Feb. 2 (Bloomberg) -- AstraZeneca Plc, the U.K.’s second-biggest drugmaker, fell the most in five months after saying profit this year will decline as the company prepares to face generic competition to top-selling medicines.
Core earnings, which exclude reorganization and other one-time costs, will be $6 to $6.30 a share, down from $7.28 in 2011, the London-based company said today in a statement. AstraZeneca said it will buy back another $4.5 billion of stock this year and cut 7,300 jobs, or about 12 percent of the company’s workforce.
Patent protection on the drugmaker’s best-selling medicines, including the ulcer treatment Nexium and antipsychotic medication Seroquel, expires over the next four years. The two products accounted for more than $10.2 billion in revenue last year. Sales will fall this year by a percentage in the low double-digits, the company said.
“Although the buyback program is a positive, EPS guidance relies heavily on cost savings and the revenue outlook is weak,” Deutsche Bank analysts including Mark Clark wrote in a note to investors.
AstraZeneca fell 3.4 percent, the biggest decline since Sept. 2, to 2,984 pence in London. The stock has gained 3.1 percent in the past year including reinvested dividends, compared with a 17 percent return in the Bloomberg Europe Pharmaceutical Index.
The job cuts announced today come on top of 21,600 positions already eliminated by Chief Executive Officer David Brennan since 2007. The reductions will cost $2.1 billion and save $1.6 billion a year by the end of 2014, the company said.
AstraZeneca will cut about 3,750 sales, general and administrative jobs, 2,200 positions in research and development, and another 1,350 in operations. The company took a restructuring charge of $261 million during the quarter.
The drugmaker said it will revamp the way it conducts neurological research, creating a unit of 40 to 50 scientists based in Boston and Cambridge, England. That will lead to the closing of a research site in Montreal and a reduction in positions at Soedertaelje, Sweden, AstraZeneca said. The drugmaker will continue seeking new treatments for cardiovascular, gastrointestinal, infectious, respiratory, inflammatory and neurological diseases, as well as cancer.
Brennan repeated the company’s strategy to acquire products or smaller companies to add products to the company’s pipeline and said he’s not looking for “transformational” deals. Any acquisition would be smaller than the $14.7 billion purchase of MedImmune Inc. in 2007, he told journalists at a press conference in London today.
AstraZeneca last year purchased about about $5 billion in stock in 2011, its biggest buyback to date. The repurchasing plan and job cuts were larger than expected, Justin Smith, an analyst with Oriel Securities Ltd. in London, said in an interview. While the company lowered its forecast for drug revenue, its profit estimate remains unchanged, which “shows good cost execution,” he said.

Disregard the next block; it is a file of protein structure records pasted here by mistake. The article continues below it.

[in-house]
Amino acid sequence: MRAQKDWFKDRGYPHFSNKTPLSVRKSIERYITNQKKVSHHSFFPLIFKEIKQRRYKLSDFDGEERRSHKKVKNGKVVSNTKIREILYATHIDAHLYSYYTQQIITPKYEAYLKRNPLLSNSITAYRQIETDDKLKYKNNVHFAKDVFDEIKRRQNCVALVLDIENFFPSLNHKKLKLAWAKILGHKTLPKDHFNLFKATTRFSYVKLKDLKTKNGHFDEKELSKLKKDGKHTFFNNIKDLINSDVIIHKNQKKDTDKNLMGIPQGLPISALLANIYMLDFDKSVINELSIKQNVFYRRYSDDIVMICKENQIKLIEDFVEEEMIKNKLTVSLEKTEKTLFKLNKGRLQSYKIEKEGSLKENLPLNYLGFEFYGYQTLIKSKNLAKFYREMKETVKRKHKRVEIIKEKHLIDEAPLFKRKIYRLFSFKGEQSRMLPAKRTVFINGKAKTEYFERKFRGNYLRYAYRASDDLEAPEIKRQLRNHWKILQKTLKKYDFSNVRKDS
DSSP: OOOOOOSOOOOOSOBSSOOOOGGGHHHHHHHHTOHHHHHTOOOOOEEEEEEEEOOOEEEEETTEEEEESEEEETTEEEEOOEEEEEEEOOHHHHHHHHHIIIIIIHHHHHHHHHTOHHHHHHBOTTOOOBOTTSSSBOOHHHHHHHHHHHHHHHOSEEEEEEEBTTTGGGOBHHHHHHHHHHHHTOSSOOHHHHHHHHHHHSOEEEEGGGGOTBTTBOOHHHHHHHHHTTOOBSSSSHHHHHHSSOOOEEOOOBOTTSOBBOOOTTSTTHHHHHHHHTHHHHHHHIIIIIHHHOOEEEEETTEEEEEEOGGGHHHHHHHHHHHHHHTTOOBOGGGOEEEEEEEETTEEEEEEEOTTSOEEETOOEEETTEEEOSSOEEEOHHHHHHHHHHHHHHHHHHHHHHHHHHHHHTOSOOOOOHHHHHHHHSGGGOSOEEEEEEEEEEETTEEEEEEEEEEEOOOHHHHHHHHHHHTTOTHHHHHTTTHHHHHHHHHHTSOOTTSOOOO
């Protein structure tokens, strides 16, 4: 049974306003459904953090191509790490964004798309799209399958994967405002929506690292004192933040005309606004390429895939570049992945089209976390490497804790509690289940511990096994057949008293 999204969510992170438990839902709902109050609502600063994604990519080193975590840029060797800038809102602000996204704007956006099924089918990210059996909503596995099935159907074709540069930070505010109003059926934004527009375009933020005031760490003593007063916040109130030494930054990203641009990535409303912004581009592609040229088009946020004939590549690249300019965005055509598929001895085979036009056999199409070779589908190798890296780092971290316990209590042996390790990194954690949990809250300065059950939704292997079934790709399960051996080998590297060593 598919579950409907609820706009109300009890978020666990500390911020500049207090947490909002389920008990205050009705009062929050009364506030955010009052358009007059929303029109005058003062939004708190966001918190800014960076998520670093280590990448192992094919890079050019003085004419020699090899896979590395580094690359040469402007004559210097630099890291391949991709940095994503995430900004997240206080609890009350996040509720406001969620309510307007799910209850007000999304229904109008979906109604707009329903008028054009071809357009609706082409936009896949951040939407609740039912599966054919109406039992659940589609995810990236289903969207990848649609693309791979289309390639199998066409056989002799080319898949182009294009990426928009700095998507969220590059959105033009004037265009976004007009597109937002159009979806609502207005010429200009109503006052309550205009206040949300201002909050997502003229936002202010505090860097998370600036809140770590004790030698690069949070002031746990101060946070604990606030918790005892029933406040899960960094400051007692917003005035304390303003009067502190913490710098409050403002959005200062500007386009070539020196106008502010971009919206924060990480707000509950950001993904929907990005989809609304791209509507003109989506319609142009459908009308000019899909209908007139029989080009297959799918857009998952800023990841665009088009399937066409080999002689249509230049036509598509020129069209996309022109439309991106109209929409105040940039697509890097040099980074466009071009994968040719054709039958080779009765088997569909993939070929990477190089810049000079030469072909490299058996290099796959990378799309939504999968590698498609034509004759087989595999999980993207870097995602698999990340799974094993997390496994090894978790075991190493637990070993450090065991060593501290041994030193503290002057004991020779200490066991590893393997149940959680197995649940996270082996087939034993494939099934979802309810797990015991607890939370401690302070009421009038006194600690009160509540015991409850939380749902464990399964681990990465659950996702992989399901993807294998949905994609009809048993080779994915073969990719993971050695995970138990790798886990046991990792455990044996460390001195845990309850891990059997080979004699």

“By the time we get to 2014 they’ll have taken $6 billion out of the cost base,” Smith said. “We all know they have a weak pipeline, but they’re doing what they can to cut costs and return money to shareholders.”
Core earnings rose to $1.61 a share from $1.39 in the quarter, the company said. That topped the $1.58 average estimate of 18 analysts surveyed by Bloomberg. On that basis, profit for the full year beat the $7.24 average estimate of 30 analysts and met the company’s forecast of $7.20 to $7.40.
Sales for the quarter were little changed at $8.6 billion, beating the $8.58 billion estimate of 23 analysts. Generic competition cost the company $450 million during the fourth quarter, and revenue was also hurt by government price cuts, the company said.
Revenue from the cholesterol-lowering pill Crestor, AstraZeneca’s biggest-selling drug, grew even after generic versions of Pfizer Inc.’s rival Lipitor entered the market in November. Crestor generated $6.6 billion in sales last year, and revenue increased 11 percent to $1.77 billion in the quarter.
AstraZeneca received U.S. regulatory clearance for blood-thinner Brilinta in July. The drug is now approved in 64 countries and has been introduced in 37 markets, the company said today. Brilinta, sold as Brilique in Europe, had sales of $5 million in the quarter, which Barclays Capital analysts called “disappointing” in a note to investors today.
The U.S. Food and Drug Administration requested more data on experimental diabetes pill dapagliflozin, delaying approval. AstraZeneca said it’s working with the FDA on the next steps for the application for dapagliflozin, which it’s developing with New York-based Bristol-Myers Squibb Co. Bristol-Myers Chief Executive Officer Lamberto Andreotti said in a Jan. 30 interview that the company is still committed to dapagliflozin.
Following the FDA letter and other setbacks in drug development, AstraZeneca said today it estimates revenue from newer drugs and its pipeline will generate $2 billion to $4 billion in revenue by 2014, down from a range of $3 billion to $5 billion previously. It still expects revenue to be between $28 billion to $34 billion annually through 2014.
“The buyback will appease the investors who are looking for signs of growth but it won’t solve the problem,” Navid Malik, an analyst with Cenkos Securities Plc in London, said in an interview today. “They need to drive innovation in their pipeline to generate revenue.”
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